17 April, 2024


The Muslim In Me

By Malinda Seneviratne

Malinda Seneviratne

One of the greatest lessons that Buddhism has taught me is that the idea or concept of ‘self’ is untenable. Paṭikkūlamanasikāra or “reflections on repulsiveness”, where body parts are contemplated in a variety of ways teaches us not just about impermanence but makes us question ‘I’. It helps diminish ego. Similarly if one contemplated sensations and thoughts deep enough immediately one begins to understand that ‘I’ is made of innumerable ‘externalities’. This too makes a composite, name-related ‘self’ a meaningless proposition.

A simple illustration might help. A human body is made mostly of water. Where was this water 2 weeks ago and where will it be 2 weeks from now? Could it not have been in the body of an ‘enemy’ and might it not be in the body of the animal whose limb we are about to devour with relish? Indeed, that water that was part of the dead chicken whose wings, spiced and sauced, that we suck on greedily, could very well have been part of one’s own mother or child.

Take ‘thought’. We say ‘I think’ as though an idea was birthed by ourselves and no one else contributed to the birthing. The truth is that our thoughts are a blend of thoughts that came our way from innumerable sources: the books we read, the people we’ve encountered, the music we hear and everything that has grazed or lacerated our senses. ‘I’ is a composite of all these encounters in their multiplicity of form and source.

There are four books that my father recommended that I read at a very young age. One was ‘Bobby Fischer teaches chess’ which made me fall in love with the game. The second was ‘Mother’, by Maxim Gorky, which was to me an introduction to Socialism. The third was Gorky’s ‘Literary Portraits,’ which created a thirst for Russian literature. The fourth was a collection of poems by Jalal ad-Din Rumi, which introduced me to the Sufi Mystics, Sufi poetry and Sufism.

Rumi made me look for other Sufi poets. I frequently return to my precious volumes of Rumi and Hafiz of Shiraz. I have collected books containing the poetry of other ‘Muslim’ poets such as Ghalib and Iqbal. I’ve enjoyed the ghazals of Faiz Ahmed Faiz. I return to them as frequently as I revisit the Buddha Dhamma. They are part of me.

There are conversations I’ve had with amazing human beings who adhere to the tenets of Islam. The Chief Subeditor of the Sunday Island, Mansur, a Marxist (and atheist) who returned to the Quran and became a devout Muslim is one of the most learned people I’ve met in my journalistic journey so far. Mr. Ilias, who taught Logic at Royal College and doubled up as Scout Master, is someone I still have interesting conversations with when I run into him near Ladies’ College. He taught me Tamil at school and took pains to teach us Grade Niners lines from the Thirukkural. This is why, twenty years later I sought him out and persuaded him to teach me Tamil, an exercise which unfortunately didn’t go beyond half a dozen classes.

Most importantly, I firmly believe that if the ‘I’ that is ‘me’ is made of anything it is made of free education. Who gave me free education? Who paid for free consultancy in state-run hospitals? Sinhalese? Buddhists? Yes, but not just them. There were Tamils and Muslims, Christians and Hindus, men and women from all parts of the country, of all faiths, all castes, all political persuasions who directly or indirectly paid for my education. Some observe sil, some pray to Allah, some make the mark of the cross, some pray to Vishnu or Shiva. Some are found in kovils, some in churches, some in mosques. Some wear short skirts, some wear the hijab.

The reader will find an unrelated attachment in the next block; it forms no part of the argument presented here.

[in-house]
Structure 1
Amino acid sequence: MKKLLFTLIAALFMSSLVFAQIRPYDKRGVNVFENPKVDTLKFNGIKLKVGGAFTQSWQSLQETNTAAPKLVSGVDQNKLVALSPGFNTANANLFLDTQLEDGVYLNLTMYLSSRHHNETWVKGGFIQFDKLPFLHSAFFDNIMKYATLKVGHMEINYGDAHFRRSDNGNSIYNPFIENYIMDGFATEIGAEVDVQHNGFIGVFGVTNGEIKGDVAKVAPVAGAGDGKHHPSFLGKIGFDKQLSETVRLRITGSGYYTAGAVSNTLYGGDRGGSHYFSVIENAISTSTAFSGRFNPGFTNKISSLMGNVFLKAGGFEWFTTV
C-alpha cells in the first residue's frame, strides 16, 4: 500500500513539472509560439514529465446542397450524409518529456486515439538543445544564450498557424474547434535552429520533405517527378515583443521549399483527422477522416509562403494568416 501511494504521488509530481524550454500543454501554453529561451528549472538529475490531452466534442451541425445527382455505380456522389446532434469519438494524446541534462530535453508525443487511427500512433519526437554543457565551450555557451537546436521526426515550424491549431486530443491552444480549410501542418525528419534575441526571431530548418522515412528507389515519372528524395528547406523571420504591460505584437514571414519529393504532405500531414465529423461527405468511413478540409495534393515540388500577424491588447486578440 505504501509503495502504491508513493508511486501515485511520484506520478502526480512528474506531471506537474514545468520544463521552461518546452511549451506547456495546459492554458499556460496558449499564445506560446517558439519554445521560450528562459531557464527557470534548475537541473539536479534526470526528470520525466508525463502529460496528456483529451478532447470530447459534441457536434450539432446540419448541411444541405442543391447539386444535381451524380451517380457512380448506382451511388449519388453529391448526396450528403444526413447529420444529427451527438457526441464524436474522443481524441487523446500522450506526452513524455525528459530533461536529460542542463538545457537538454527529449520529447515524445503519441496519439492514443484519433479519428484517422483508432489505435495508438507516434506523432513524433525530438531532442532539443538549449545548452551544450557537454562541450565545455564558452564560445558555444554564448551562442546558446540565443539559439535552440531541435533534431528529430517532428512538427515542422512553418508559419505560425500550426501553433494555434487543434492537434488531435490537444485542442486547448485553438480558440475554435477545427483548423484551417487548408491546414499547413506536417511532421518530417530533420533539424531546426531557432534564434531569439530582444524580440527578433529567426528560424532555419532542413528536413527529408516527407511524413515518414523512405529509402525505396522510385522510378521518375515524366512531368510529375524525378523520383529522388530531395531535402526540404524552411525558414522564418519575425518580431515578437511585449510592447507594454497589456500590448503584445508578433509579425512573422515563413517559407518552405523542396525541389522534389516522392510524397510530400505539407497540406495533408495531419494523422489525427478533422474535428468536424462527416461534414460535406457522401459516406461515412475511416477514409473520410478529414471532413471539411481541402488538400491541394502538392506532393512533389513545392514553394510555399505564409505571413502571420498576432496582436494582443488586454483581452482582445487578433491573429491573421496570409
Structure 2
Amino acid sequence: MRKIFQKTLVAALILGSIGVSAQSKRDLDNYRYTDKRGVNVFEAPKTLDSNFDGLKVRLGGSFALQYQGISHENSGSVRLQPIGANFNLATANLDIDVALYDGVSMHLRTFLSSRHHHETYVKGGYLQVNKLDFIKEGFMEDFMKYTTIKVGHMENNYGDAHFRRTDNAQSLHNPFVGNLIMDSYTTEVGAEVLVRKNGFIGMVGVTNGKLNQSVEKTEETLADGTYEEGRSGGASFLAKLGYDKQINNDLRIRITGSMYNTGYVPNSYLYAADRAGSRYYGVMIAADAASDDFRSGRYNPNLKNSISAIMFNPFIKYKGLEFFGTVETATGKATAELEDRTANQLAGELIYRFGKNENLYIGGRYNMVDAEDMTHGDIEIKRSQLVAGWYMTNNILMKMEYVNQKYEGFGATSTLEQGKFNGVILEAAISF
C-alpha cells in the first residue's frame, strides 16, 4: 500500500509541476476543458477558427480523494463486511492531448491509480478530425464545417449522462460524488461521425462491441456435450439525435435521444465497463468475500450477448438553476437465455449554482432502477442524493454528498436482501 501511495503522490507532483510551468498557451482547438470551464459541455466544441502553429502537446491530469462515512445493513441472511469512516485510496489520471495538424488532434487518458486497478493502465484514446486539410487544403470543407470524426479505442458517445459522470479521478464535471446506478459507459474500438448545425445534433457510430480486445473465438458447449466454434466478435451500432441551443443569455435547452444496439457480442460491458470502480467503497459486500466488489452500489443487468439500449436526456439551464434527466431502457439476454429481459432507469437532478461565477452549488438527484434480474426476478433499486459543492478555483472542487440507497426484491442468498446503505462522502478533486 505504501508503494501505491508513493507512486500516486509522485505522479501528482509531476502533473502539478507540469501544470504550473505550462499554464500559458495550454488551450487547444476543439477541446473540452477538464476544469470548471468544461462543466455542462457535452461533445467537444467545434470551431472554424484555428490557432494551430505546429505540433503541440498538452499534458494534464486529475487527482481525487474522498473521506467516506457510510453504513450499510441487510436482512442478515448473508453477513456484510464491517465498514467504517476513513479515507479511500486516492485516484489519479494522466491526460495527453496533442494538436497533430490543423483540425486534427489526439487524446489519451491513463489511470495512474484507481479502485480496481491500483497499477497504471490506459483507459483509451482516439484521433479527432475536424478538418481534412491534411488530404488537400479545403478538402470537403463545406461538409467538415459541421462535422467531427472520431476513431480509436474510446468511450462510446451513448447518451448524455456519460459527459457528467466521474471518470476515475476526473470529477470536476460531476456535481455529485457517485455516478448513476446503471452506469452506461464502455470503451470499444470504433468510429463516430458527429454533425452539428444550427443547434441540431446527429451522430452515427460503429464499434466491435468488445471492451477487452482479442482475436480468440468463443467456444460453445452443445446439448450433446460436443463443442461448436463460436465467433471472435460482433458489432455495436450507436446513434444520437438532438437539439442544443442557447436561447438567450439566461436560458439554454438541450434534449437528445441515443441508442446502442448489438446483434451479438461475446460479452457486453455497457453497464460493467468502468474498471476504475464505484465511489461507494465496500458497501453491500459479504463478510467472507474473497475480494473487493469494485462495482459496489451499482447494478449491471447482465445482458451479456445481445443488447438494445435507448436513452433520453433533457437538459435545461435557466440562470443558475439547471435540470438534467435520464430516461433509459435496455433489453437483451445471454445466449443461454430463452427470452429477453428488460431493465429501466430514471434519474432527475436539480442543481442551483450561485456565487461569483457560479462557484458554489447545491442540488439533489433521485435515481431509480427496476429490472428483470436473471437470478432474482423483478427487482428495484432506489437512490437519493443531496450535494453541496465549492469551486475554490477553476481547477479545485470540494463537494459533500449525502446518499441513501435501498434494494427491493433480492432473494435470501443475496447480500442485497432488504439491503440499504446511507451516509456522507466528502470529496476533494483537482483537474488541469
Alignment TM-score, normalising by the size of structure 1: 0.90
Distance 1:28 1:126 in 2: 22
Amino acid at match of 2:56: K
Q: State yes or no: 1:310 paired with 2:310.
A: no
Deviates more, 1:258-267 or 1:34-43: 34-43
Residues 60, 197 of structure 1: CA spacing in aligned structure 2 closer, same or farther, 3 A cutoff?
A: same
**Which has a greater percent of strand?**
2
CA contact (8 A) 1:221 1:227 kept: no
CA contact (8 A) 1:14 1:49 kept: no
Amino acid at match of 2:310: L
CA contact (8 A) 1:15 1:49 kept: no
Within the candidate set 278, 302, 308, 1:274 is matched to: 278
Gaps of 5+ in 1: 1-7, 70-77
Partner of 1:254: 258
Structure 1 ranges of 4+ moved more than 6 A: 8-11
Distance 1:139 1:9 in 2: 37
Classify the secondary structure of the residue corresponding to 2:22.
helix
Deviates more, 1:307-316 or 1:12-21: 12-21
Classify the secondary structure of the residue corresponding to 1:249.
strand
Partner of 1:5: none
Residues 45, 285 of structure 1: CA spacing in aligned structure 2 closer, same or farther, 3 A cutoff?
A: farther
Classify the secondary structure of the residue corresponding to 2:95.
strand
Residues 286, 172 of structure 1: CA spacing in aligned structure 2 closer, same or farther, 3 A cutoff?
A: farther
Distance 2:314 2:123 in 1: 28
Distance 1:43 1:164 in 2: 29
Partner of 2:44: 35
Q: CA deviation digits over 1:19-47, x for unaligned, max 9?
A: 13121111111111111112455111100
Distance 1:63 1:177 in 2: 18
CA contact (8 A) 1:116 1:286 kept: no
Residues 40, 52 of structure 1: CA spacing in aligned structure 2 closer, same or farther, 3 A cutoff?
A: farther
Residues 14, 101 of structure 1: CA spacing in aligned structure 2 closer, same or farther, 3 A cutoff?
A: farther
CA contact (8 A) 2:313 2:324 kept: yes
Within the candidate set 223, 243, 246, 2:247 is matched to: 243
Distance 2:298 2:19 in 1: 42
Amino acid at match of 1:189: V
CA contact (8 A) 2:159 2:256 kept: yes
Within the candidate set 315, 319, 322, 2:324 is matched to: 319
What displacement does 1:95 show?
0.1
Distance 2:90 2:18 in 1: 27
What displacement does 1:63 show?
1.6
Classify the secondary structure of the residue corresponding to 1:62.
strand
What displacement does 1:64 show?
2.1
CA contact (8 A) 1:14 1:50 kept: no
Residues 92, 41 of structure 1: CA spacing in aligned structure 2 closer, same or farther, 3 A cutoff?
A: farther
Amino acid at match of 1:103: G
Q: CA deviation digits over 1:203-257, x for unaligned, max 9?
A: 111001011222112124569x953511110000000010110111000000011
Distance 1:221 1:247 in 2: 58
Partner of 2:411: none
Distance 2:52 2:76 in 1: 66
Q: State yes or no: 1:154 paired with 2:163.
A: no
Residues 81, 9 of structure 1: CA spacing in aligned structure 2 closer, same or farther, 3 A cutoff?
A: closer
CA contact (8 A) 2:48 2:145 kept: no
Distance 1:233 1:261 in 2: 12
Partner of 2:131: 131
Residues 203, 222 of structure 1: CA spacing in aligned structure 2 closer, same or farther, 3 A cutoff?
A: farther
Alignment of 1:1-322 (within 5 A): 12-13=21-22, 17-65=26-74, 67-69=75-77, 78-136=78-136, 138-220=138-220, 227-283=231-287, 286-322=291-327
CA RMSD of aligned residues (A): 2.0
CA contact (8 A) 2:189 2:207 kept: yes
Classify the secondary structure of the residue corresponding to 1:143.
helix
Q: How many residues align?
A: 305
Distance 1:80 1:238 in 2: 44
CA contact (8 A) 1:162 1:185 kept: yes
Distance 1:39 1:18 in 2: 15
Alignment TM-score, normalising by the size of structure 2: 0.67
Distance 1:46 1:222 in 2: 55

I am a Sinhalese. A Buddhist by conviction. But this ‘I’ is also made of water-parts and thought-parts that have sojourned in non-Buddhist corporality. More than this, men and women of all communities have made me who I am in ways that I cannot count to a finish. If I raise my hand against a community or a faith that would not only be inconsistent with the truths I subscribe to and defend, but it would be a self-slap. If I do not defend someone who is attacked on account of his/her faith, I would be abandoning a blood-brother and a blood-sister. I cannot recognize myself if I don’t see ‘me’ in someone who subscribes to a different system of belief, speak a different language or has different preferences in clothing.

Buddhism teaches me to do my best to treat things with equanimity, to appreciate the transient nature of things, to exercise compassion and err on the side of reason (over emotion). The Buddha gave me the Kalama Sutra (The Buddhist Charter on Free Thinking). All of this has opened me to other faith-worlds, people of different persuasions.
I am a Buddhist in whose mind, heart and body there resides Muslims. I cannot evict them and have no reason to do so either. I am richer for their residency.

Just saying…

*Malinda Seneviratne is the Chief Editor of ‘The Nation’ and his articles can be found at www.malindawords.blogspot.com

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Latest comments

  • 0

    Prince, your spelling skills are both admired and envied. I am however, not constructing a thesis. I have indicated clearly the audience that I am addressing by stating ” Get down from the trees please “. Given the sensitivities of the soft hearted racist – I hope you appreciate that I am trying my best to be polite.

    I have included the word “please” while I request for a climb down.

    Mansoor, could kindly provide a reference for : “‘All men above 18 should be killed. All houses pulled down and burnt. ” Did this come from the Queen or a moronic officer in her majesties service ? If you have access to similar communications issued for the massacre of civilians and Muslims in recent times- please share it.

    Malainda may be want to write another article on the finer literary differences between such murderous edicts.

  • 0